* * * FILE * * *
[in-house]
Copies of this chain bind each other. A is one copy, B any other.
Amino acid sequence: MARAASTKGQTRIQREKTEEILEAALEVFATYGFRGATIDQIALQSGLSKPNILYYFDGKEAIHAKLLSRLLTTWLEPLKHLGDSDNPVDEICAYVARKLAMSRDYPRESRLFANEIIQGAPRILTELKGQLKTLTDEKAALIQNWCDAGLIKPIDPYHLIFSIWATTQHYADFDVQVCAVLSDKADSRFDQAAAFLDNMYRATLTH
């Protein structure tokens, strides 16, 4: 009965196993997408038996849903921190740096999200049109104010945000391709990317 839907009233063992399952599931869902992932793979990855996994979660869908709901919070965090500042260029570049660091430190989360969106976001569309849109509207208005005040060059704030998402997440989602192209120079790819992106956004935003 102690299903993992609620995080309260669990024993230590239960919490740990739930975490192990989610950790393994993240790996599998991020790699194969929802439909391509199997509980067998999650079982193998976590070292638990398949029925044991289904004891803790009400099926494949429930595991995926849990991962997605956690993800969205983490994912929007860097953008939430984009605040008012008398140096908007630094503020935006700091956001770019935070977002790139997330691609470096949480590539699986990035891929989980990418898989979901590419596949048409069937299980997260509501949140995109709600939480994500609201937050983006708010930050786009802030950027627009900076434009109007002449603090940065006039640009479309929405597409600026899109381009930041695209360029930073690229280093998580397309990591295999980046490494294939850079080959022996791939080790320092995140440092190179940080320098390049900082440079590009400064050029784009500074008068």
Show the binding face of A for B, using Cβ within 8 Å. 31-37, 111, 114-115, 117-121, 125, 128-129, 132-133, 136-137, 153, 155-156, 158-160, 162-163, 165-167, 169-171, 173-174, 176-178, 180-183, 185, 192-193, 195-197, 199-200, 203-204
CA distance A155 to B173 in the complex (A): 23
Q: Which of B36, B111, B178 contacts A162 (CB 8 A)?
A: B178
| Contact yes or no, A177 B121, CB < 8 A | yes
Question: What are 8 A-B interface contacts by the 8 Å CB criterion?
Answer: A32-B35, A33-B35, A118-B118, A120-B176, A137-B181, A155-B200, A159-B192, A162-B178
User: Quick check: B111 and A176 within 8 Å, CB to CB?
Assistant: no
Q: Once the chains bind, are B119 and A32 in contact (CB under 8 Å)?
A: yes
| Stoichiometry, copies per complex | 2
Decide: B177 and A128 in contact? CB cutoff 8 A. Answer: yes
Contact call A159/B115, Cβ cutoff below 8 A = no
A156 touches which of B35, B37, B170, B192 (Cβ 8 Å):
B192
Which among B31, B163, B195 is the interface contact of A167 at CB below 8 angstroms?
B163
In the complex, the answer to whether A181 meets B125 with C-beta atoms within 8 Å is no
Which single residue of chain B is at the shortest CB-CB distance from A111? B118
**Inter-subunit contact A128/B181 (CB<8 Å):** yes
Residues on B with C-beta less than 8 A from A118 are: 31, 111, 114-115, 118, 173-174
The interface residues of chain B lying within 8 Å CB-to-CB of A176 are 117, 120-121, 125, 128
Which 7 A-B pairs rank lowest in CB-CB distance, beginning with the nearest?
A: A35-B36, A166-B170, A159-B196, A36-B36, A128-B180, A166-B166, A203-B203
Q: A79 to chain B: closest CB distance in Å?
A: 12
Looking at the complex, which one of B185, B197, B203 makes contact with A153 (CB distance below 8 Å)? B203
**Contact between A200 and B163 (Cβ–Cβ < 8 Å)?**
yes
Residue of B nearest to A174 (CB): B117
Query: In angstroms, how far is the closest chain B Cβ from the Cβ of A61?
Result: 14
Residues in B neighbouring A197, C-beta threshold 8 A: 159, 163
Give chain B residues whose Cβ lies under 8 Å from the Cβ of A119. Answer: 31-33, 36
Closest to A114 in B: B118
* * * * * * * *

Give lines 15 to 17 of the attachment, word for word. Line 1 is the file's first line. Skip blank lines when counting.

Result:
A: yes
| Stoichiometry, copies per complex | 2
Decide: B177 and A128 in contact? CB cutoff 8 A. Answer: yes